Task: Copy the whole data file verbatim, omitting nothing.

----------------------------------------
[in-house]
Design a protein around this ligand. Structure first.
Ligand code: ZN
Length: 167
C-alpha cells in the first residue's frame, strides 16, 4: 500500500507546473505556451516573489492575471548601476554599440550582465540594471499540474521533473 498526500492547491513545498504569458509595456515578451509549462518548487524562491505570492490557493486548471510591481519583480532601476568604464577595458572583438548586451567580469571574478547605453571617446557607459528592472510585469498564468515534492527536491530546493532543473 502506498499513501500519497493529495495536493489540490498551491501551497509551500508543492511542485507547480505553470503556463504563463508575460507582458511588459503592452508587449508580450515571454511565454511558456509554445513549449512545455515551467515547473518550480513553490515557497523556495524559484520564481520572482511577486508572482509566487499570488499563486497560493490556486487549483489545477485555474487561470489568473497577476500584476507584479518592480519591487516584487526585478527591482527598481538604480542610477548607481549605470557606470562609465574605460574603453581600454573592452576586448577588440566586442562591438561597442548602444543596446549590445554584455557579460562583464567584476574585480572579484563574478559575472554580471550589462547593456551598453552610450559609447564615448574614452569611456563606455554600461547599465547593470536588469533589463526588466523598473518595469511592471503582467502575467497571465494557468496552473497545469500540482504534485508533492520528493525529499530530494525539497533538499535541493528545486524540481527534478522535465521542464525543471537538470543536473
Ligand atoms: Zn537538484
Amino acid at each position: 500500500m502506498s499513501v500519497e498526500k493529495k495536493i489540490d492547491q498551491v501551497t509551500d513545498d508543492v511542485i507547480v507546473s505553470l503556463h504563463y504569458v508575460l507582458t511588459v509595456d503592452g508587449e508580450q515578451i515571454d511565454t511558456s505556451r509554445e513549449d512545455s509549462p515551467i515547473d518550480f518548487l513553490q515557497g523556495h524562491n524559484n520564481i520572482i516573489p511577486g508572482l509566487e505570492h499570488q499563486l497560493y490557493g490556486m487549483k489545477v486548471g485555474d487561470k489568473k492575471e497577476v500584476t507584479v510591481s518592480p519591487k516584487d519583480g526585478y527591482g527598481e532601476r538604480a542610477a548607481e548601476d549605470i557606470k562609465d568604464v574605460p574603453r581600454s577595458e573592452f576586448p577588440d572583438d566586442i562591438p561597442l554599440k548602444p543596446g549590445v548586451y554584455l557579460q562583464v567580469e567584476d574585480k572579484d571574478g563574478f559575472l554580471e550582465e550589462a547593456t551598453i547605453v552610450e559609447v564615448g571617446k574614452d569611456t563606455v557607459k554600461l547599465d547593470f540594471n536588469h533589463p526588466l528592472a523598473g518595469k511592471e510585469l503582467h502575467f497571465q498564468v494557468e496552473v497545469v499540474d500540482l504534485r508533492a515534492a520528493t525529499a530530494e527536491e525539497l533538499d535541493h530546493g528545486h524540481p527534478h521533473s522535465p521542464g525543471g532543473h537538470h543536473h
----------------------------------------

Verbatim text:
[in-house]
Design a protein around this ligand. Structure first.
Ligand code: ZN
Length: 167
C-alpha cells in the first residue's frame, strides 16, 4: 500500500507546473505556451516573489492575471548601476554599440550582465540594471499540474521533473 498526500492547491513545498504569458509595456515578451509549462518548487524562491505570492490557493486548471510591481519583480532601476568604464577595458572583438548586451567580469571574478547605453571617446557607459528592472510585469498564468515534492527536491530546493532543473 502506498499513501500519497493529495495536493489540490498551491501551497509551500508543492511542485507547480505553470503556463504563463508575460507582458511588459503592452508587449508580450515571454511565454511558456509554445513549449512545455515551467515547473518550480513553490515557497523556495524559484520564481520572482511577486508572482509566487499570488499563486497560493490556486487549483489545477485555474487561470489568473497577476500584476507584479518592480519591487516584487526585478527591482527598481538604480542610477548607481549605470557606470562609465574605460574603453581600454573592452576586448577588440566586442562591438561597442548602444543596446549590445554584455557579460562583464567584476574585480572579484563574478559575472554580471550589462547593456551598453552610450559609447564615448574614452569611456563606455554600461547599465547593470536588469533589463526588466523598473518595469511592471503582467502575467497571465494557468496552473497545469500540482504534485508533492520528493525529499530530494525539497533538499535541493528545486524540481527534478522535465521542464525543471537538470543536473
Ligand atoms: Zn537538484
Amino acid at each position: 500500500m502506498s499513501v500519497e498526500k493529495k495536493i489540490d492547491q498551491v501551497t509551500d513545498d508543492v511542485i507547480v507546473s505553470l503556463h504563463y504569458v508575460l507582458t511588459v509595456d503592452g508587449e508580450q515578451i515571454d511565454t511558456s505556451r509554445e513549449d512545455s509549462p515551467i515547473d518550480f518548487l513553490q515557497g523556495h524562491n524559484n520564481i520572482i516573489p511577486g508572482l509566487e505570492h499570488q499563486l497560493y490557493g490556486m487549483k489545477v486548471g485555474d487561470k489568473k492575471e497577476v500584476t507584479v510591481s518592480p519591487k516584487d519583480g526585478y527591482g527598481e532601476r538604480a542610477a548607481e548601476d549605470i557606470k562609465d568604464v574605460p574603453r581600454s577595458e573592452f576586448p577588440d572583438d566586442i562591438p561597442l554599440k548602444p543596446g549590445v548586451y554584455l557579460q562583464v567580469e567584476d574585480k572579484d571574478g563574478f559575472l554580471e550582465e550589462a547593456t551598453i547605453v552610450e559609447v564615448g571617446k574614452d569611456t563606455v557607459k554600461l547599465d547593470f540594471n536588469h533589463p526588466l528592472a523598473g518595469k511592471e510585469l503582467h502575467f497571465q498564468v494557468e496552473v497545469v499540474d500540482l504534485r508533492a515534492a520528493t525529499a530530494e527536491e525539497l533538499d535541493h530546493g528545486h524540481p527534478h521533473s522535465p521542464g525543471g532543473h537538470h543536473h